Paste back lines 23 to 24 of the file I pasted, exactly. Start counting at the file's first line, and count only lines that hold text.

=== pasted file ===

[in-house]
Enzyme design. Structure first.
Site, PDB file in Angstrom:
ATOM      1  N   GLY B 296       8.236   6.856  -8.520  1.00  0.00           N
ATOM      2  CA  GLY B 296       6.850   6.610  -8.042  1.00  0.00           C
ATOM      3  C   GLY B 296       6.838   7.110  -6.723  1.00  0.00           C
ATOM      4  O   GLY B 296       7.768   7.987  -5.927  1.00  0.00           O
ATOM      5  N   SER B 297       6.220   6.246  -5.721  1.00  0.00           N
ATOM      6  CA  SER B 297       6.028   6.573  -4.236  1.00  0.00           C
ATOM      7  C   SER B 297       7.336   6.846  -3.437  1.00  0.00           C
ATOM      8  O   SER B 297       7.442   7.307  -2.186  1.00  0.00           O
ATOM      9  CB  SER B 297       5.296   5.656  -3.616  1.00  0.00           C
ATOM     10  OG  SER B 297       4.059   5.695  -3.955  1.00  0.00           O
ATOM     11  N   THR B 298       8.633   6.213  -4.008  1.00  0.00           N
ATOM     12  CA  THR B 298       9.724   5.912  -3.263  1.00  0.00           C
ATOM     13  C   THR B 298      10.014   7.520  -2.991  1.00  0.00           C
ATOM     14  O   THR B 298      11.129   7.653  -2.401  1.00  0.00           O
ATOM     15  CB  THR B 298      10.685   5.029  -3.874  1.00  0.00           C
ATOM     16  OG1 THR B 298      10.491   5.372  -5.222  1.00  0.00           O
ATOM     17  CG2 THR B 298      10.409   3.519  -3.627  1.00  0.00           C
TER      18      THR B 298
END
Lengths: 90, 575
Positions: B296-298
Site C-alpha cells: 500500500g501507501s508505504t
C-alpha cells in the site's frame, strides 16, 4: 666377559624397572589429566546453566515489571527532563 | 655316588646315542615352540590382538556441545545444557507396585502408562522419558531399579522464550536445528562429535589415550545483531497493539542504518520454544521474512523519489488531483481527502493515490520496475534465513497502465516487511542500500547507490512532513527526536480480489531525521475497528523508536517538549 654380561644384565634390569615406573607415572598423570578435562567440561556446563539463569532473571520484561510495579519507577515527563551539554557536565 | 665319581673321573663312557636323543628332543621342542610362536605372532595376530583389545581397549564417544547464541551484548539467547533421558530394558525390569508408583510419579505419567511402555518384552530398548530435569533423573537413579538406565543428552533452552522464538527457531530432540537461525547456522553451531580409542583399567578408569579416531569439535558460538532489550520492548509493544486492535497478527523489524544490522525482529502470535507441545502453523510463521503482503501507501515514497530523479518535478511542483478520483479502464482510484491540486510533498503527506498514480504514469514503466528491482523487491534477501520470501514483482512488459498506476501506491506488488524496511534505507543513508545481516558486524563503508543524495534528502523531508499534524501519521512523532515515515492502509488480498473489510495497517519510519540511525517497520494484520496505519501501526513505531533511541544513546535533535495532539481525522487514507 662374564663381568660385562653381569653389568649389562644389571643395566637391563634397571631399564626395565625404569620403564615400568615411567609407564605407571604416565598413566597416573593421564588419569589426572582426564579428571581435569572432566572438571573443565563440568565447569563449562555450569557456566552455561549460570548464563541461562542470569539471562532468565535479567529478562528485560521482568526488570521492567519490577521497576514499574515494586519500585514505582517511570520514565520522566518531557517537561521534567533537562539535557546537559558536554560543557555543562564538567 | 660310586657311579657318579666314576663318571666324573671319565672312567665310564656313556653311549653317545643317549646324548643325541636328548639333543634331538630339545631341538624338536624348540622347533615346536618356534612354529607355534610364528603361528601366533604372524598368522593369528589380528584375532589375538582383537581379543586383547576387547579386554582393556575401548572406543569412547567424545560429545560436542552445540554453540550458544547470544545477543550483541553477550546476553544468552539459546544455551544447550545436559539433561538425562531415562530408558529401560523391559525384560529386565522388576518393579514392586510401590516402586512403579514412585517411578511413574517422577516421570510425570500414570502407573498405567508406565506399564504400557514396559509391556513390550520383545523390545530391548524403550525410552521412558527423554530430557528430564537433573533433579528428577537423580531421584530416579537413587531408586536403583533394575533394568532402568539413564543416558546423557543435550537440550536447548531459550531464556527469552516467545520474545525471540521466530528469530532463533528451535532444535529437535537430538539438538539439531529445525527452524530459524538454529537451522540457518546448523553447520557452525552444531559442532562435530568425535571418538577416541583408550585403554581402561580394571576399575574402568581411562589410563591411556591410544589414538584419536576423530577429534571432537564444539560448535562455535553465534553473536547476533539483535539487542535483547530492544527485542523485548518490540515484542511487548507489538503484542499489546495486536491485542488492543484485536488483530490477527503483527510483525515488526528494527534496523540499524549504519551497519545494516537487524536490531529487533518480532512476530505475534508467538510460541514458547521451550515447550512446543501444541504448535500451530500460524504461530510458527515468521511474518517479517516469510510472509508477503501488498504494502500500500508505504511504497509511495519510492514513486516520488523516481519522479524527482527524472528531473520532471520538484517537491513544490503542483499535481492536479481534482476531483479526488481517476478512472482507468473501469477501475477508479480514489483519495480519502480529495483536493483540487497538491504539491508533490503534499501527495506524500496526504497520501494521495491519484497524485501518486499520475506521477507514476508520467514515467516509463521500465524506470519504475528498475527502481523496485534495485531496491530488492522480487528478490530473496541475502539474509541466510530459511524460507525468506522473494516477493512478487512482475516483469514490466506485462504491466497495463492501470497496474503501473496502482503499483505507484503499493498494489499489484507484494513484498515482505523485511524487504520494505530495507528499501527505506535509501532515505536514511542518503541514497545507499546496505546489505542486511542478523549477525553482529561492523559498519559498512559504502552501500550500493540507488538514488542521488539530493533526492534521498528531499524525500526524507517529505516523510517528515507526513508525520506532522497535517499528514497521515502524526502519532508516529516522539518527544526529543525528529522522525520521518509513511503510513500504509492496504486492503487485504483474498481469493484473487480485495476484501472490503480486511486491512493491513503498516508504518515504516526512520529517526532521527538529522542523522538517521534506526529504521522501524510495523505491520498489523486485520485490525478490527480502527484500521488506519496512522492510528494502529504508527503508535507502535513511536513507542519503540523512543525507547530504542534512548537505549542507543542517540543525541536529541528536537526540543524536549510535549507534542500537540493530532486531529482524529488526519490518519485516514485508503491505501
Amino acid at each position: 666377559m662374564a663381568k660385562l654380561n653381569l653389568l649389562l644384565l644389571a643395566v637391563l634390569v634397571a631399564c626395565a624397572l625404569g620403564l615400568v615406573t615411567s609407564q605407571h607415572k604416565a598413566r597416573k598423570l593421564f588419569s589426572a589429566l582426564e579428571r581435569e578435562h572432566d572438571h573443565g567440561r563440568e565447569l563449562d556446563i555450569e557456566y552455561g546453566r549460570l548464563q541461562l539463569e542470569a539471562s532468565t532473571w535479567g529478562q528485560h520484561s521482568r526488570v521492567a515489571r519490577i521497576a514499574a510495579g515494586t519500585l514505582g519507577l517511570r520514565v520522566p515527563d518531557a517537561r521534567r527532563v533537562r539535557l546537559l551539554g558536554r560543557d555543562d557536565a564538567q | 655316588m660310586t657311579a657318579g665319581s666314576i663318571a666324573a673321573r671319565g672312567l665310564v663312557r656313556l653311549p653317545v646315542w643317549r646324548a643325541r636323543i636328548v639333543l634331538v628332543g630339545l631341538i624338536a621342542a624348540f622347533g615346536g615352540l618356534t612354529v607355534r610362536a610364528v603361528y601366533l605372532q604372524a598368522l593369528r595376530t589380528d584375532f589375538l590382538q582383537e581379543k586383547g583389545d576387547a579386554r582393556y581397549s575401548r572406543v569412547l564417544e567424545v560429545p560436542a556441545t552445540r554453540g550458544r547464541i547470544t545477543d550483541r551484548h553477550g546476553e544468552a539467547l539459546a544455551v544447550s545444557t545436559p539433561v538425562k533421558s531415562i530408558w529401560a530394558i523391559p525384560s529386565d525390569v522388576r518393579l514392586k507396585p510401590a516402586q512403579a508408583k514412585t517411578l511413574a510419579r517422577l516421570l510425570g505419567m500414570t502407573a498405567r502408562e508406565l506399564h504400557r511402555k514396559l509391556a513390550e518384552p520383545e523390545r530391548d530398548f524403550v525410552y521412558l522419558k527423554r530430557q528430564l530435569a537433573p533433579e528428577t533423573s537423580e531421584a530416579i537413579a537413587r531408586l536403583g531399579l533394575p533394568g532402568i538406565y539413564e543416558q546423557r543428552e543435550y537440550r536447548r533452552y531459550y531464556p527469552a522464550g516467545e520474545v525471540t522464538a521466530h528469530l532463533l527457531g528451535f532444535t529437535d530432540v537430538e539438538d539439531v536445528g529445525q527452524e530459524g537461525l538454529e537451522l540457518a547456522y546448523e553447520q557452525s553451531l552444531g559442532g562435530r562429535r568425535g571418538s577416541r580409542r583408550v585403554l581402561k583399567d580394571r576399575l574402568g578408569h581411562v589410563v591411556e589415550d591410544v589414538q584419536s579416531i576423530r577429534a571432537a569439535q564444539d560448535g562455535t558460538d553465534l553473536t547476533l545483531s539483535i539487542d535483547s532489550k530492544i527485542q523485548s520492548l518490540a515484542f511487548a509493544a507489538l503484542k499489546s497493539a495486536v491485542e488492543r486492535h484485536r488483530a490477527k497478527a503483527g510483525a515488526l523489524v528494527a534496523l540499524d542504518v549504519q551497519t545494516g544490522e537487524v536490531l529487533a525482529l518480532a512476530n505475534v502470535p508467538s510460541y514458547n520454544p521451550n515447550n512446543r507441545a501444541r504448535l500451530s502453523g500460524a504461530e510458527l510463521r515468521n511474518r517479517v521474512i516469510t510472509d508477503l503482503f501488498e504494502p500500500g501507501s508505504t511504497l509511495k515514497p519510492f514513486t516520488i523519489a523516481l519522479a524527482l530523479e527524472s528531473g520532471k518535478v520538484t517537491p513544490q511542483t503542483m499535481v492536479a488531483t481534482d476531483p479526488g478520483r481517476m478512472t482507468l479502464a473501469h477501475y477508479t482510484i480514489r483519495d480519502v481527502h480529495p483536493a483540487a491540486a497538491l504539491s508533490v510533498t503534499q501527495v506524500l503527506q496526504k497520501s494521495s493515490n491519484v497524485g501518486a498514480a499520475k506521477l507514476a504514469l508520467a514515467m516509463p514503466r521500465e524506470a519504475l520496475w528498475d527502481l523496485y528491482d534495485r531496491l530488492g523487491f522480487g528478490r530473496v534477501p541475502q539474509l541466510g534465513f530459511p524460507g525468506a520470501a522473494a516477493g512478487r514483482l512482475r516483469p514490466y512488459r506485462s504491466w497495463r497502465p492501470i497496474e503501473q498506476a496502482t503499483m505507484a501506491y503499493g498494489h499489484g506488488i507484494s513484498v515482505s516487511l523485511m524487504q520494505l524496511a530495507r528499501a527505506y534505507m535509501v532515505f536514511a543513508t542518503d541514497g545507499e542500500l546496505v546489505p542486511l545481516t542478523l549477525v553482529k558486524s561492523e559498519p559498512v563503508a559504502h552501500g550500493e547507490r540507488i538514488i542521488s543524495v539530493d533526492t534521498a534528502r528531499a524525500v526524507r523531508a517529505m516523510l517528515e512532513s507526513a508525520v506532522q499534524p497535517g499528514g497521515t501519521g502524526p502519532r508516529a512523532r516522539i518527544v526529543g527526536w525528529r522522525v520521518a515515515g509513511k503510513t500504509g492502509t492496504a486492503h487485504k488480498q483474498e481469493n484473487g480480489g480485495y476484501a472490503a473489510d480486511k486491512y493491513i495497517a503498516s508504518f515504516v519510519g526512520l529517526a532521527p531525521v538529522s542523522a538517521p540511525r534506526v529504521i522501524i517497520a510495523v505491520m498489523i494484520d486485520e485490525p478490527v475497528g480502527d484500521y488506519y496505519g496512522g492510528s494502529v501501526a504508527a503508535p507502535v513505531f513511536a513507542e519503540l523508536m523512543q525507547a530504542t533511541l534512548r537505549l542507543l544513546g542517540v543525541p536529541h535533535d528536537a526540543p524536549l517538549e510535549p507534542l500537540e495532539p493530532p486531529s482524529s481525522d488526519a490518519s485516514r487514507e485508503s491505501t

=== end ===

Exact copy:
Lengths: 90, 575
Positions: B296-298